On the county level, the New York Fed's report found that McKinley, N.M., had the lowest percentage of on-time payers in the nation, at 47.6%. Only 33.4% of the county's credit economy had access to revolving credit, and more than 71% of the county was considered subprime.
David Hinkle, director of the Gallup McKinley County Chamber of Commerce, described McKinley as a poverty-stricken area with a natural resource-dependent economy. He said McKinley has still not recovered from the 2008 downturn, and continues to be plagued by reductions in government spending.
"When the federal budget gets the sniffles in Washington, then McKinley County has pneumonia," Hinkle said. He, too, pointed to the area's high reliance on government transfer payments, as well as funding that the U.S. Department of the Interior's Bureau of Indian Affairs sends to the Zuni and Navajo nations; both tribes have reservation lands in McKinley County.
According to the Census Bureau, 76.9% of the county's population identified as American Indian or Alaska Native alone in 2013.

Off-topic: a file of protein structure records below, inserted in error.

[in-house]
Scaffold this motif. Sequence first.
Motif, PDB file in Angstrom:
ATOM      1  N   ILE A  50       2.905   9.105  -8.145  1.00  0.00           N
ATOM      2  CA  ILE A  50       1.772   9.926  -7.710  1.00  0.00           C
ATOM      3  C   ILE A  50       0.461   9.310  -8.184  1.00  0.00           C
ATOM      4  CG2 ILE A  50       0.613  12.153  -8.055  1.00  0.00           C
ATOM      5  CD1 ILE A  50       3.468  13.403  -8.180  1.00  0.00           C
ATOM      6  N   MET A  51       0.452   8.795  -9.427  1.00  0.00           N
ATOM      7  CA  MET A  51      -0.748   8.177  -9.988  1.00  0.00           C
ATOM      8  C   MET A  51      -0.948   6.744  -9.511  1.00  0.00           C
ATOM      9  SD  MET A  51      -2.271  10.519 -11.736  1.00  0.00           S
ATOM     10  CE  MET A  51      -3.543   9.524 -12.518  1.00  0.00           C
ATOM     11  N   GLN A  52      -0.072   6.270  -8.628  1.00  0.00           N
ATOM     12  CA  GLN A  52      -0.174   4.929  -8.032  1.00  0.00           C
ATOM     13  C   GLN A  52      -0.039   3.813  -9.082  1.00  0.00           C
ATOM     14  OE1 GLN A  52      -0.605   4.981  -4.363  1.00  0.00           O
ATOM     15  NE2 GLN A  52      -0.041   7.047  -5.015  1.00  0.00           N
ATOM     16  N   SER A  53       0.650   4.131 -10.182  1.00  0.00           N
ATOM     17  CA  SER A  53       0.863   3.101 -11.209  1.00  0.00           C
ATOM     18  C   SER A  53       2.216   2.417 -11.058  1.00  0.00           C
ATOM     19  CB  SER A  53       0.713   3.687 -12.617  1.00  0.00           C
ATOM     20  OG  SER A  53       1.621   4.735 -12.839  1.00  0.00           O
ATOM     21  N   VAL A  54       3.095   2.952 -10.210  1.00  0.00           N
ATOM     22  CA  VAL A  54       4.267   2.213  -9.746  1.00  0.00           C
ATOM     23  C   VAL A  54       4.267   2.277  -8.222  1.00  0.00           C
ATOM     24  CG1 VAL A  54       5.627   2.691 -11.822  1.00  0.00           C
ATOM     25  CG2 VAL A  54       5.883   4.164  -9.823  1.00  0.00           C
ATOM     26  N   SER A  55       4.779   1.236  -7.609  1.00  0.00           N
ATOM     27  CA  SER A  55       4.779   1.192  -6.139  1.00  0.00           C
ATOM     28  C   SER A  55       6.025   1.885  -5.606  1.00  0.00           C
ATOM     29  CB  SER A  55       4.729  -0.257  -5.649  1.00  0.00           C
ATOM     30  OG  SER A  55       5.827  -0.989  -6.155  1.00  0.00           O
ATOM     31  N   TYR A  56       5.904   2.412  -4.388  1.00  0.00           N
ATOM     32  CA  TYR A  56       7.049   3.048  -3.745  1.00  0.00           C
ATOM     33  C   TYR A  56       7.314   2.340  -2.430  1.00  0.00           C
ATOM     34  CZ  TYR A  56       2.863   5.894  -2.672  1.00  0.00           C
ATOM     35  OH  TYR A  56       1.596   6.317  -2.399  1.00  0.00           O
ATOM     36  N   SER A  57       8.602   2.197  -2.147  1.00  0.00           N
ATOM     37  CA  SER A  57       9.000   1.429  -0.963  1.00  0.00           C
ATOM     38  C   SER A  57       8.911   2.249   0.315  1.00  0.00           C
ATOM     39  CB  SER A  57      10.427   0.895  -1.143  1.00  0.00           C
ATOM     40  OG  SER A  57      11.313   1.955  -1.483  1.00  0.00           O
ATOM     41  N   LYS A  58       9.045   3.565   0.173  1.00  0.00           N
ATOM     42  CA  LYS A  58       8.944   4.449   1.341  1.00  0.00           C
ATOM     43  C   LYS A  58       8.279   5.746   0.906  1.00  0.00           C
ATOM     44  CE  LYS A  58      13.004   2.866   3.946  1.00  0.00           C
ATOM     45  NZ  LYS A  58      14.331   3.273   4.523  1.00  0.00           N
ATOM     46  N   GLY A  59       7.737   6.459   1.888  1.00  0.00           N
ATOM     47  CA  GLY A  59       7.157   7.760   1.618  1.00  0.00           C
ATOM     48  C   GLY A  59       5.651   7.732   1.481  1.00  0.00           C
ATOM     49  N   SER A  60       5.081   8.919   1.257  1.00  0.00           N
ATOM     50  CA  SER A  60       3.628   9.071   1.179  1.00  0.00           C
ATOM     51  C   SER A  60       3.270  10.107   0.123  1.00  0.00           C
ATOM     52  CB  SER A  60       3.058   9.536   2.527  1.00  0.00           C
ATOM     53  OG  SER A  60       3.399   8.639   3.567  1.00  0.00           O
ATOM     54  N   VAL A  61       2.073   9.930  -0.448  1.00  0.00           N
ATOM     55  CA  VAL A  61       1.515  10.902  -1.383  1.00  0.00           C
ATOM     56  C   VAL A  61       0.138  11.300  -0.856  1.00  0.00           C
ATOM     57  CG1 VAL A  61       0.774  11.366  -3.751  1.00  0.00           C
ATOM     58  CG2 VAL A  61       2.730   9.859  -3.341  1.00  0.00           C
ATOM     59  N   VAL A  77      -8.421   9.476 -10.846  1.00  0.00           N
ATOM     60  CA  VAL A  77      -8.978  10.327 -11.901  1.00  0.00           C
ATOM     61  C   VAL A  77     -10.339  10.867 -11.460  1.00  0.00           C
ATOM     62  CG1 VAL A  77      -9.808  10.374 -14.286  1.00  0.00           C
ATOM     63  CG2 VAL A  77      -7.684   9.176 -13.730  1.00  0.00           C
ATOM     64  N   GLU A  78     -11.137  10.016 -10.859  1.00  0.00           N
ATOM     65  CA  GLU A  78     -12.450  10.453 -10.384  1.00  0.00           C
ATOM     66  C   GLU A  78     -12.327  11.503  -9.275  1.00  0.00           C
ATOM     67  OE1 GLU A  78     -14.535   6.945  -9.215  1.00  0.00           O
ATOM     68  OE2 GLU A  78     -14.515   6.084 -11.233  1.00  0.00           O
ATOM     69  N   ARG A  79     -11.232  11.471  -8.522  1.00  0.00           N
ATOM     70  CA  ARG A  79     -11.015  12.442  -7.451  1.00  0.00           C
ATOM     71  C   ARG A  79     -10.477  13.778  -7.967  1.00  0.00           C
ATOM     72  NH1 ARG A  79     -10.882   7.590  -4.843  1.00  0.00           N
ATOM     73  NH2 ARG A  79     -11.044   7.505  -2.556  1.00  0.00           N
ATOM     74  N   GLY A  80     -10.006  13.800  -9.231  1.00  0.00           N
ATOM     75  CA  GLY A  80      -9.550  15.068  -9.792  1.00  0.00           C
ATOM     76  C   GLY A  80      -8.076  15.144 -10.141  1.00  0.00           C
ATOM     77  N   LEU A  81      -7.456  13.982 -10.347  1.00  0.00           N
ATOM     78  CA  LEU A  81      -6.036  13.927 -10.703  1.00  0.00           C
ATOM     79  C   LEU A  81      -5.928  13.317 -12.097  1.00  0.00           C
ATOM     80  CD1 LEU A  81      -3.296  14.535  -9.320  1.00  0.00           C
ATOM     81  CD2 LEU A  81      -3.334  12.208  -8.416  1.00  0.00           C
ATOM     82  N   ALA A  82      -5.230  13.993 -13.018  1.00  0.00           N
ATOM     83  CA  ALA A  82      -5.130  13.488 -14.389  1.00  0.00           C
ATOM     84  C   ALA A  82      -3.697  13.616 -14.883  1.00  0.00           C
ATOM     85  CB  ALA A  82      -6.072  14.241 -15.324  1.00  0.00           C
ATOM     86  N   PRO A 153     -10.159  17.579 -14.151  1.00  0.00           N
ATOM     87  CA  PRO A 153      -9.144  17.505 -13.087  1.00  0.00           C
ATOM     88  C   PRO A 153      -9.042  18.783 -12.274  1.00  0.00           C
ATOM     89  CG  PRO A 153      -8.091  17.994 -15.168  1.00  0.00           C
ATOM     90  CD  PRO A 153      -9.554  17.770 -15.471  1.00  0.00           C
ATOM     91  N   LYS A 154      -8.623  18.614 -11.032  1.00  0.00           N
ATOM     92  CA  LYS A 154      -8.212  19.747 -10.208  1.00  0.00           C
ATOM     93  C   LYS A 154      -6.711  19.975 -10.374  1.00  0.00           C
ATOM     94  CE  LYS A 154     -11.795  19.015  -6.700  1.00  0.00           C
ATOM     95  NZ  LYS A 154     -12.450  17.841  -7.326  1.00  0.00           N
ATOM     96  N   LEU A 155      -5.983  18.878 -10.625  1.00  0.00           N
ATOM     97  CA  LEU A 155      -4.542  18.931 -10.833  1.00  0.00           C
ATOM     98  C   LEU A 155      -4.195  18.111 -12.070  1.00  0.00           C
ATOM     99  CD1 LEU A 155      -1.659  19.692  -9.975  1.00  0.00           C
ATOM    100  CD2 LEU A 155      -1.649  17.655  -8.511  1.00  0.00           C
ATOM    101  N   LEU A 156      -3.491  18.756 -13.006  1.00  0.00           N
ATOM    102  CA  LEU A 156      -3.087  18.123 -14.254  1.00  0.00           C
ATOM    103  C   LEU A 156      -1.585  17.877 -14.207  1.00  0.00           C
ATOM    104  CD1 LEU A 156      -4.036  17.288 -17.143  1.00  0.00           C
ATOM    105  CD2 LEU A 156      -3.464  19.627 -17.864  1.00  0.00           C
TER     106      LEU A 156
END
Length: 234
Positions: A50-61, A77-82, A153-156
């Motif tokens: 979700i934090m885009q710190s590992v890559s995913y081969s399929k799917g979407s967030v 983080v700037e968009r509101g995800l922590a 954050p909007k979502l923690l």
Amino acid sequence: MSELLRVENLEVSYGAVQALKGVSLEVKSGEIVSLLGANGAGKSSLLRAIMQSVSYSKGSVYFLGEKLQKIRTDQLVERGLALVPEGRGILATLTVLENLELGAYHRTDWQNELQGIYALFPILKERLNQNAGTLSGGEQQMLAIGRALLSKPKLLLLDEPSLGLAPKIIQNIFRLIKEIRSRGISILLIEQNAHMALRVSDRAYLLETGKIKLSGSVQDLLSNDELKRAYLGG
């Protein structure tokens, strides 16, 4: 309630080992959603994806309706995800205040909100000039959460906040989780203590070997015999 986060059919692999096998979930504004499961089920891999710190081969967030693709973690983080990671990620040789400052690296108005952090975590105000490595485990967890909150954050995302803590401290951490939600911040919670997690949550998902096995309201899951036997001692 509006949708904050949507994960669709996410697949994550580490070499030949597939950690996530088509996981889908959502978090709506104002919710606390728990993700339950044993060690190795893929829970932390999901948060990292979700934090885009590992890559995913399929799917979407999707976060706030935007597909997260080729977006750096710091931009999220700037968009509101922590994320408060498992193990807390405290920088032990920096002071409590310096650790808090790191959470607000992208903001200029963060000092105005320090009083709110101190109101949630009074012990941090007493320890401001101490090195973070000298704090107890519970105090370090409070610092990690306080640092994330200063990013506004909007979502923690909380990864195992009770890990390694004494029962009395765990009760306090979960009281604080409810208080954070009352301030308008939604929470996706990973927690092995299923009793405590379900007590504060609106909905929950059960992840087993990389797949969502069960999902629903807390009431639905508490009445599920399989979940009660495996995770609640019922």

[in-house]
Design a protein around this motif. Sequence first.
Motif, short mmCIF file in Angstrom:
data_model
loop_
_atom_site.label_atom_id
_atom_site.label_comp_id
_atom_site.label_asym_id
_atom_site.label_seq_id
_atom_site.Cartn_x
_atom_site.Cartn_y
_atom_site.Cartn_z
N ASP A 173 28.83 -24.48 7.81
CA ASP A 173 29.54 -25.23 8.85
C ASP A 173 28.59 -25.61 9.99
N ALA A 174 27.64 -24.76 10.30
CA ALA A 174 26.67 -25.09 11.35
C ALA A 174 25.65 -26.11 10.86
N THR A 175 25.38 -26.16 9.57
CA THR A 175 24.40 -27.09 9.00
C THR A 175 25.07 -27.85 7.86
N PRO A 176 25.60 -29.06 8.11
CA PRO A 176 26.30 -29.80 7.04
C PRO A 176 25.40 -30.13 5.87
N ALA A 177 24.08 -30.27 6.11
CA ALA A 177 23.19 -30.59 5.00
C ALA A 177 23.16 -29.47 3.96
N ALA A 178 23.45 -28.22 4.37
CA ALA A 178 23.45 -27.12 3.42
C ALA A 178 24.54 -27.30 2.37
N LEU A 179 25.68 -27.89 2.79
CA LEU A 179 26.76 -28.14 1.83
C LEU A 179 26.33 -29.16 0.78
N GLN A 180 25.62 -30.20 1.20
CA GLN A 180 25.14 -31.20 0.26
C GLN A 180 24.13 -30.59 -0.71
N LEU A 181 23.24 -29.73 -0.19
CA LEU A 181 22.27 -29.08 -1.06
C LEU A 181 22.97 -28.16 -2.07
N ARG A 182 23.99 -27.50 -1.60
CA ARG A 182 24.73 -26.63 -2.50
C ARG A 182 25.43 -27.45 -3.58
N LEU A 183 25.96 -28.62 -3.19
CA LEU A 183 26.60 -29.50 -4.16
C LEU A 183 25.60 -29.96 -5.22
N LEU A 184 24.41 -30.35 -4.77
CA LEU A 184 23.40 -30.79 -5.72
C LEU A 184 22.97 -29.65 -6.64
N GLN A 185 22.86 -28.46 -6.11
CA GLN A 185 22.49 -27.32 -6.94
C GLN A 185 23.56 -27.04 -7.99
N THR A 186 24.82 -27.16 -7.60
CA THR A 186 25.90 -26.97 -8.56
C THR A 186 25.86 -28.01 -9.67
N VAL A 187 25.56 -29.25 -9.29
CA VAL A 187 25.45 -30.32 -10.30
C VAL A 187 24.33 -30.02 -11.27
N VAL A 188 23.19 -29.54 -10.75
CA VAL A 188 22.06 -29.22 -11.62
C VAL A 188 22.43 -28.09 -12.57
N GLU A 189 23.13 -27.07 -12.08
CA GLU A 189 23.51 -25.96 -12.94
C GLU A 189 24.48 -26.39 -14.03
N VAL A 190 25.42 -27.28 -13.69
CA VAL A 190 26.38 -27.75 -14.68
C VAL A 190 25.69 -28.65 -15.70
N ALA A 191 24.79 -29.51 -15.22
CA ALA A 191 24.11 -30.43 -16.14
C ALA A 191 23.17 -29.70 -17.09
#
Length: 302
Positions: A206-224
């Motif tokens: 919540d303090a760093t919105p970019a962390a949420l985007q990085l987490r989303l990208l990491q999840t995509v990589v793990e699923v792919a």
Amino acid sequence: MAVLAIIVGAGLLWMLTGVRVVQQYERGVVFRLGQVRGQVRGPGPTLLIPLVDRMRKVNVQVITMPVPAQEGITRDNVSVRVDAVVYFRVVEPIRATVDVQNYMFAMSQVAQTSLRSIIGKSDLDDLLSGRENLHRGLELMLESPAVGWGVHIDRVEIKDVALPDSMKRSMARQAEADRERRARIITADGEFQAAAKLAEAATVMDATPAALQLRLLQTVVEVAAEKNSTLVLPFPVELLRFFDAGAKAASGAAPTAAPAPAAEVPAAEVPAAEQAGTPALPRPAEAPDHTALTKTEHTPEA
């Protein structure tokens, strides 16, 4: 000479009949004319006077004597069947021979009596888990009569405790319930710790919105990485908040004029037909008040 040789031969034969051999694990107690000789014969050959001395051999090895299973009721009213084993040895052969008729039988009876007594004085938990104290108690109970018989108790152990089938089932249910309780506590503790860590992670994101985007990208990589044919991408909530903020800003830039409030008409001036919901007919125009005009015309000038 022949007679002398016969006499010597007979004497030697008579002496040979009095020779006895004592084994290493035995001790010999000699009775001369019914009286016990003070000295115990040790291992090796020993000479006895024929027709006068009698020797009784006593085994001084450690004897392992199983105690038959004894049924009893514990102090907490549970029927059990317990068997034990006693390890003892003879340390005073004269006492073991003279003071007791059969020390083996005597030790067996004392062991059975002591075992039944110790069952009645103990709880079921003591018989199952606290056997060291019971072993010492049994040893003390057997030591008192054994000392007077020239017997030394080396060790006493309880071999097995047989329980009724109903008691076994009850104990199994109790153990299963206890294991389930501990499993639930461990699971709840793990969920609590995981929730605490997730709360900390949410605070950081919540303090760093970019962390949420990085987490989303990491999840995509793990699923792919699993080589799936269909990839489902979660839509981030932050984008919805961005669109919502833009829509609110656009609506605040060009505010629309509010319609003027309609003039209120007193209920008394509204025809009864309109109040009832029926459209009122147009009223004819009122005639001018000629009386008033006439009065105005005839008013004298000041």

Allen Parkman, a professor emeritus of management at the University of New Mexico, said that loans often come with very high interest rates for properties located on reservations. "It's often very difficult for the lenders to collect [because of tribal sovereignty], and that creates the environment in which they charge higher rates of interest than they might in other situations," he said. He said this feeds into the "vicious cycle" of people borrowing money at high rates of interest and becoming delinquent on their loans.
According to SNL data, there are fewer than 10 bank branches in McKinley County. Central City, Neb.-based Pinnacle Bancorp Inc. has three, while Seattle-based Washington Federal Inc., Bank of America Corp., Wells Fargo & Co., U.S. Bancorp and Inverness, Ill.-based First Bancorp of Durango Inc. have one each.